14. 14. FCPA Successor Liability for Joint Ventures and Minority Stake Acquisitions<br /> For joint ventures and minority acquisitions, company can be held liable for future conduct of joint venture or majority partner. FCPA liability will depend on a governance test: how involved is the joint venture partner or minority owner in the governance of the joint venture or majority company – board members, voting rights. <br /> To minimize risk, party should promote FCPA compliance by requesting measures for good governance, accurate recordkeeping, and anti-bribery efforts; seek audit rights, anti-corruption representations, and written commitments to abide by anti-corruption laws .<br /> Even if not adopted, maintaining a record of such requests could help protect against or minimize FCPA exposure <br />12<br />
  15. 15. Recent Cases Involving Successor LiabilitySnamprogetti, ENI, Saipem<br />Snamprogetti: a subsidiary of ENI, engaged in bribery scheme for 10 years ending in 2004. In 2006, ENIsold Snamprogetti to another company, Saipem. <br />Four years later, in 2010, Snamprogetti was charged with FCPA criminal violations.<br />Snamprogettiagreed to $240 million fine, and ENIand Saipem were jointly liable for fine. <br />ENI, Snamprogetti and Saipemhad to institute a corporate compliance program. <br />13<br />
  16. 16. Recent Cases Involving Successor LiabilityAlliance One<br />Alliance One was formed in 2005 with merger of Dimon Inc. and Standard Commercial Corporation.<br />In 2010, DOJ brought criminal case against Alliance One for FCPA violations committed by foreign subsidiaries of Dimon and SCCBEFORE the merger.<br />Foreign subsidiaries entered guilty pleas; Alliance One is required to cooperate and retain an independent compliance monitor for 3 years. Alliance One settled civil complaint by disgorging $10 million. <br />14<br />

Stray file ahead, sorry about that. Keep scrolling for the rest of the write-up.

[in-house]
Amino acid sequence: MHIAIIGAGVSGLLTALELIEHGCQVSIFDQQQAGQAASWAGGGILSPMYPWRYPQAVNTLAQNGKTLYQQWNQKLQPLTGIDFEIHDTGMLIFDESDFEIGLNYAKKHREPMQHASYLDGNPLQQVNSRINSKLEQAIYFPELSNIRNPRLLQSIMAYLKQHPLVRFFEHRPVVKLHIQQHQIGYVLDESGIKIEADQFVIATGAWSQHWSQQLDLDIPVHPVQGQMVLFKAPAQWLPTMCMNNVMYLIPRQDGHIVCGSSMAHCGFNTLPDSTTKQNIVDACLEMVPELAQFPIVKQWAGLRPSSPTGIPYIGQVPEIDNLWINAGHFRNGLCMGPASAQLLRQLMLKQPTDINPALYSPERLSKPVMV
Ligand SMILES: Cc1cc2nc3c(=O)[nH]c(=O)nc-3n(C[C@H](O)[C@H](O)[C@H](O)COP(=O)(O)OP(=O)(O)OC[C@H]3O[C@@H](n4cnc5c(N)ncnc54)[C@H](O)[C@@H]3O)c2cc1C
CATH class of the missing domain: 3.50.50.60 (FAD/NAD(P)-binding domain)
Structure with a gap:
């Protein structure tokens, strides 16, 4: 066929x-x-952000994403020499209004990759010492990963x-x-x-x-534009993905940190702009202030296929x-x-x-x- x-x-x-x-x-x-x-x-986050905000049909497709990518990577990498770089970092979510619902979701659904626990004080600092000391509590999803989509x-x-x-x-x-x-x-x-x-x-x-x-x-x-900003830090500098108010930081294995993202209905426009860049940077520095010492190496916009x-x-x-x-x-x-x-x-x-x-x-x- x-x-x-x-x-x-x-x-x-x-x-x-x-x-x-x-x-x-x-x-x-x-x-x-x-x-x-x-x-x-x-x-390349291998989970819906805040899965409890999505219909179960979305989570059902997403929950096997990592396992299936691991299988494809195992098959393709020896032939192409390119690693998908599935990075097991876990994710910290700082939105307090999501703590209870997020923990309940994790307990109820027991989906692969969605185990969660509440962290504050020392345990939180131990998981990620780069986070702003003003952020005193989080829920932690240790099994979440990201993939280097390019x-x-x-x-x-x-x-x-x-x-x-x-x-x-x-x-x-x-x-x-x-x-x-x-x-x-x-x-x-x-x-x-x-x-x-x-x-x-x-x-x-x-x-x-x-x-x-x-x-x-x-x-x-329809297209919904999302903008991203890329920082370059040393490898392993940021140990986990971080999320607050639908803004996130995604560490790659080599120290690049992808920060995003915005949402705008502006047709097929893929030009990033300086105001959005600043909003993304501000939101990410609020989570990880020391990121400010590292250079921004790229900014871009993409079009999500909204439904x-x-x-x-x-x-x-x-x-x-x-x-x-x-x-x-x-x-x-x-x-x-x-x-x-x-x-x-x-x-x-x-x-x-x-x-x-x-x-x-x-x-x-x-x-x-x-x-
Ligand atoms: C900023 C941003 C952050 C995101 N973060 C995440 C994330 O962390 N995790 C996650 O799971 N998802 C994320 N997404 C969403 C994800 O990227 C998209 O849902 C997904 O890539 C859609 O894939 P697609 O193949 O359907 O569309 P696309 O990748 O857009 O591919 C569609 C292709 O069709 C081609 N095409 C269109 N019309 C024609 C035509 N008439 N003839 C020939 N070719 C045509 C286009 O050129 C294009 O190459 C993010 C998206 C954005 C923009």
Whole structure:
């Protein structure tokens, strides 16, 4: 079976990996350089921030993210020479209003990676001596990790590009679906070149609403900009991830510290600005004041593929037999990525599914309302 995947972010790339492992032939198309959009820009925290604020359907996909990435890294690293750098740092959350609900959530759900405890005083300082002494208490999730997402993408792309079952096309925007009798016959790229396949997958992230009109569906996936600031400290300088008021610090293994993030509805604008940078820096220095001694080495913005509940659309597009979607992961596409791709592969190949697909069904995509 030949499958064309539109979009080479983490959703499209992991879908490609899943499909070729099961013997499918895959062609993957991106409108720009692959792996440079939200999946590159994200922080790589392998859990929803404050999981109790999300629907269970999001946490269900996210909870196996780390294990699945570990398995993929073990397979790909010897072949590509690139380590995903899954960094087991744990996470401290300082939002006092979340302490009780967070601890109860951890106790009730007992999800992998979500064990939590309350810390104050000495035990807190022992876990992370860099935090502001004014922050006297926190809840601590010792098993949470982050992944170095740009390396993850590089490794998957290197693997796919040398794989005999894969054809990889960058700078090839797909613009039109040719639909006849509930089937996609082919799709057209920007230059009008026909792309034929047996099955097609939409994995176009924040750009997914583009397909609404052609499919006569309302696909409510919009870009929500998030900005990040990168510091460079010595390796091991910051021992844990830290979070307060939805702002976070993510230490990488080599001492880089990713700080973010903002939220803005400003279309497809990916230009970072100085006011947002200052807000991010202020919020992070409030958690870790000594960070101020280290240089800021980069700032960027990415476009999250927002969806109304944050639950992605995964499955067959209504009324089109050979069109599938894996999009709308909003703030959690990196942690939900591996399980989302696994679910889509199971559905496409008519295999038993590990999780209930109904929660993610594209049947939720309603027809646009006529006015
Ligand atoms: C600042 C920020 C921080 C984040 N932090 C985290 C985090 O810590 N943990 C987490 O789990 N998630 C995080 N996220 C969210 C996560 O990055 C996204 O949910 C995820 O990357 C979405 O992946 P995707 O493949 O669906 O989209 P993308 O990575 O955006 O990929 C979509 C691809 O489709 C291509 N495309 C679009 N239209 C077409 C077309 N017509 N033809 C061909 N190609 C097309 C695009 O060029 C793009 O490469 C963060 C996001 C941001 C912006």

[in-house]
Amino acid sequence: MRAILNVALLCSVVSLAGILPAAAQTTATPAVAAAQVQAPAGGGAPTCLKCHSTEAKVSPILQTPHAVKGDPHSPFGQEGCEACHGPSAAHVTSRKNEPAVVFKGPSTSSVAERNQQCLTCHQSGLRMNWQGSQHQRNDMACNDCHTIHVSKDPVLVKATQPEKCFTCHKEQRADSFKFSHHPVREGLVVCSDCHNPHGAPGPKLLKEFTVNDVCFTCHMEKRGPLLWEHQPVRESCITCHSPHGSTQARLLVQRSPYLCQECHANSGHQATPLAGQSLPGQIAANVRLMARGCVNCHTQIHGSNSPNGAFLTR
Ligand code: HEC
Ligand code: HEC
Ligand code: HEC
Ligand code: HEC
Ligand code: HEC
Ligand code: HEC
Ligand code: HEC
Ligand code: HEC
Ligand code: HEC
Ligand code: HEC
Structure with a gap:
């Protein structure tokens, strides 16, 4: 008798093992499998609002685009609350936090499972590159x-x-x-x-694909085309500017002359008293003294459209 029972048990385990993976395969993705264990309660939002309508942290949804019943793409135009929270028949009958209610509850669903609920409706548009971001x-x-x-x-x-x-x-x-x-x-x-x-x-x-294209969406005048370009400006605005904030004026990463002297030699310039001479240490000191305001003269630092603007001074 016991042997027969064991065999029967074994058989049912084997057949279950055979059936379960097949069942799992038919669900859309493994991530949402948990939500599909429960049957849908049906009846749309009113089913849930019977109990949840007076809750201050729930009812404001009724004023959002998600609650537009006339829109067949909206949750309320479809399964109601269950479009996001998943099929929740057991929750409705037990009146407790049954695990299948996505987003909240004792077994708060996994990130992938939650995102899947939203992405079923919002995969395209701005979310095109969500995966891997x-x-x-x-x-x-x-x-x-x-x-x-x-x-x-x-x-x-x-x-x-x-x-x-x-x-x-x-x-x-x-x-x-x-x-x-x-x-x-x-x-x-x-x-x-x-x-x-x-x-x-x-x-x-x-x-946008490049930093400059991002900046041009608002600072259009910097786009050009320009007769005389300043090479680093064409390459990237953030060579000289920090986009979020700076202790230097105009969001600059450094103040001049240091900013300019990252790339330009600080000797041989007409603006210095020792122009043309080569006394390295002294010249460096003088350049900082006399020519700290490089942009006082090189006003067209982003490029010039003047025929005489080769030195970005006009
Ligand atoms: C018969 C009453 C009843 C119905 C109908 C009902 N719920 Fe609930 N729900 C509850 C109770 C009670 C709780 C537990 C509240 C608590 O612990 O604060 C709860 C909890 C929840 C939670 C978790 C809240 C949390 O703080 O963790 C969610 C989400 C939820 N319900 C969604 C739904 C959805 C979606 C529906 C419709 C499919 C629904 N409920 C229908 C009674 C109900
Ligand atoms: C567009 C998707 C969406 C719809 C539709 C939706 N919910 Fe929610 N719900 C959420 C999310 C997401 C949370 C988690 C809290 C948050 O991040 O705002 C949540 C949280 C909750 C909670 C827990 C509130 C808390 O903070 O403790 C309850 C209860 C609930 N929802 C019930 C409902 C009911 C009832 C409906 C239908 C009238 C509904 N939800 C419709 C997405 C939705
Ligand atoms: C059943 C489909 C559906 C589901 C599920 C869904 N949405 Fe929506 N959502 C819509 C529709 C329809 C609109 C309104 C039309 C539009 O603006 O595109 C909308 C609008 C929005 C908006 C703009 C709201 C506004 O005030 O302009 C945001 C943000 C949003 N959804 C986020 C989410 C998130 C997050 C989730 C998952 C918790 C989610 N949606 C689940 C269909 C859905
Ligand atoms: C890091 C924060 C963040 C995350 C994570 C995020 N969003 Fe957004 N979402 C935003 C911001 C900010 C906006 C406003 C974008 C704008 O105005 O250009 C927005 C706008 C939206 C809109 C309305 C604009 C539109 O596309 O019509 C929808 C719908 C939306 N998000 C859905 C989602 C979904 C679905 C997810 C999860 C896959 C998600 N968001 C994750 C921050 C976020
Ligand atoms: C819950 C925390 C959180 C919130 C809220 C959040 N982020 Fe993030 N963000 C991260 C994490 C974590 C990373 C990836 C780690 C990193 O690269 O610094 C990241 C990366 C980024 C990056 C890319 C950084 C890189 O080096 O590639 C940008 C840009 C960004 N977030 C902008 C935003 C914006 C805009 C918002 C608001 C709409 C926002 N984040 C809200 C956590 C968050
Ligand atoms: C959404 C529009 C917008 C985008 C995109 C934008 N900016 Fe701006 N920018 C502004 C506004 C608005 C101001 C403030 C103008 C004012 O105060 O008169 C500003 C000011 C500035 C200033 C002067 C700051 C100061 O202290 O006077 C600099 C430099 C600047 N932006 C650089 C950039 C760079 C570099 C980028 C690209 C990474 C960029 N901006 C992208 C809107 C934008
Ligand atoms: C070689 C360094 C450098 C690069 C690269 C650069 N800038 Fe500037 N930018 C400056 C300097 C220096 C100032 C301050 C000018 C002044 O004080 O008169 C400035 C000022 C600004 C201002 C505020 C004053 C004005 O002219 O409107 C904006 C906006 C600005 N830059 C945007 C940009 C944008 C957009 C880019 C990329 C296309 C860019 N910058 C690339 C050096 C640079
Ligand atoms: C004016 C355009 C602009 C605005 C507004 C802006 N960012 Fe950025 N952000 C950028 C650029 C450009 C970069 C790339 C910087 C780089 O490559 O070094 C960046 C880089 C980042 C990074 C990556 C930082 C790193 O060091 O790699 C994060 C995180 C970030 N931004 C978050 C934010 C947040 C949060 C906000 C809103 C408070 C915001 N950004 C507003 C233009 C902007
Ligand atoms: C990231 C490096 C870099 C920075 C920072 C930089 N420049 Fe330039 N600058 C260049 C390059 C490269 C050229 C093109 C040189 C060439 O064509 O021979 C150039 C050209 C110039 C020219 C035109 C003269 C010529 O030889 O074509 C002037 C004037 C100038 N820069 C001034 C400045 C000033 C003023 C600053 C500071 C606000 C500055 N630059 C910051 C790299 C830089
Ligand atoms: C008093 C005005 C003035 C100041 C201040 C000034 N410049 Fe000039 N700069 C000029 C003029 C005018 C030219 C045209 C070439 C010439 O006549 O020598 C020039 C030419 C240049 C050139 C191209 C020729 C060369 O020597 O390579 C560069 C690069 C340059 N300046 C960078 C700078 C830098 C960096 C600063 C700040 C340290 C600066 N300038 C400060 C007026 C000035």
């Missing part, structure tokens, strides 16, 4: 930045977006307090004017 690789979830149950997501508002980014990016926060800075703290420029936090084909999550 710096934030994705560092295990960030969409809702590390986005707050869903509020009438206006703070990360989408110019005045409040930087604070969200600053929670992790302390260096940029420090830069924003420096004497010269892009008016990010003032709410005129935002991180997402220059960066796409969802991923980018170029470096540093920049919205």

17. 17. Successor Liability : Deal Terminated Lockheed and Titan <br />Lockheed and Titan: In 2005, while conducting pre-acquisition due diligence of Titan, Lockheed discovered bribe payments by Titan which were made to obtain telephony contract s in the Republic of Benin. <br />Out of concern for successor liability, Lockheed pulled out of deal.<br />15<br />
  18. 18. Successor Liability: Finding a Way Forward:GE and InVision<br />GE and InVision: In 2005, while conducting pre-acquisition due diligence of InVision, GE discovered potential FCPA violations surrounding InVision;s use of consultants to obtain contracts for explosives detection equipment in China, Thailand and Philippines. <br />GE went forward with the deal after rigorous due diligence, deal modifications, and requiring InVisionto make a voluntary disclosure to Justice Department.<br />16<br />
  19. 19. Due Diligence: General Considerations<br />Due diligence is not a legal defense but it can minimize risk of successor liability when coupled with acquiring company’s FCPA compliance commitment <br />Timing of voluntary disclosures should be carefully considered since DOJ involvement raises stakes<br />Due diligence has to be tailored to transaction – whether it is merger, asset acquisition, joint venture or minority stake purchase<br />Overall strategy should be flexible as information is learned<br />17<br />
  20. 20. What Does Due Diligence Require?<br />Little available authority on required due diligence steps – “an art, not a science”<br />Depends on the Business Combination and the Specific Facts<br />Educate diligence team on FCPA issues<br />Factor in necessary time for FCPA review – process likely will require phases of review<br />Follow-up on identified red flags and risk areas<br />Document due diligence steps<br />18<br />
  21. 21. What If Due Diligence Cannot be Completed Before Closing? 2008 Haliburton Precedent <br />In the face of legal obstacle to obtaining information from target oil and gas company, Halliburton went to the Justice Department to minimize its risk of FCPA liability<br />No Successor Liability With Stringent Conditions<br />Halliburton imposed FCPA compliance policy on the target company at closing and conducted post-closing FCPA due diligence inquiry and report the results <br />19<br />